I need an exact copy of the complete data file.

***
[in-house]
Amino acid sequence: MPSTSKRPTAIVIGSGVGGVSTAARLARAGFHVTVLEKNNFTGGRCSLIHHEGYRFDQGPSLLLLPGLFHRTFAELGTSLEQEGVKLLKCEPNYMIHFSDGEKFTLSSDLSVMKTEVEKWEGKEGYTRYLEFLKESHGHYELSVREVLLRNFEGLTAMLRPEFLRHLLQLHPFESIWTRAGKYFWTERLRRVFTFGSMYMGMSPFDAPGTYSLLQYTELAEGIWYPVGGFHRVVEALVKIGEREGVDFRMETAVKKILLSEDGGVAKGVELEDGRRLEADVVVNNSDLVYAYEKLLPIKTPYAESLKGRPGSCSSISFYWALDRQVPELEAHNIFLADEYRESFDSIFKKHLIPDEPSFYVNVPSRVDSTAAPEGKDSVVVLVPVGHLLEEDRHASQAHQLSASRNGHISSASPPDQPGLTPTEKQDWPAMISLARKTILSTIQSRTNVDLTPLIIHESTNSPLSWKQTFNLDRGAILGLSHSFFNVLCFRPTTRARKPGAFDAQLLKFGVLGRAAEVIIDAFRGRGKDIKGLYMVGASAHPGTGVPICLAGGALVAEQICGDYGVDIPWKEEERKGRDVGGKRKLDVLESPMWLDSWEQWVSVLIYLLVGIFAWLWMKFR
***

[in-house]
Amino acid sequence: MPSTSKRPTAIVIGSGVGGVSTAARLARAGFHVTVLEKNNFTGGRCSLIHHEGYRFDQGPSLLLLPGLFHRTFAELGTSLEQEGVKLLKCEPNYMIHFSDGEKFTLSSDLSVMKTEVEKWEGKEGYTRYLEFLKESHGHYELSVREVLLRNFEGLTAMLRPEFLRHLLQLHPFESIWTRAGKYFWTERLRRVFTFGSMYMGMSPFDAPGTYSLLQYTELAEGIWYPVGGFHRVVEALVKIGEREGVDFRMETAVKKILLSEDGGVAKGVELEDGRRLEADVVVNNSDLVYAYEKLLPIKTPYAESLKGRPGSCSSISFYWALDRQVPELEAHNIFLADEYRESFDSIFKKHLIPDEPSFYVNVPSRVDSTAAPEGKDSVVVLVPVGHLLEEDRHASQAHQLSASRNGHISSASPPDQPGLTPTEKQDWPAMISLARKTILSTIQSRTNVDLTPLIIHESTNSPLSWKQTFNLDRGAILGLSHSFFNVLCFRPTTRARKPGAFDAQLLKFGVLGRAAEVIIDAFRGRGKDIKGLYMVGASAHPGTGVPICLAGGALVAEQICGDYGVDIPWKEEERKGRDVGGKRKLDVLESPMWLDSWEQWVSVLIYLLVGIFAWLWMKFR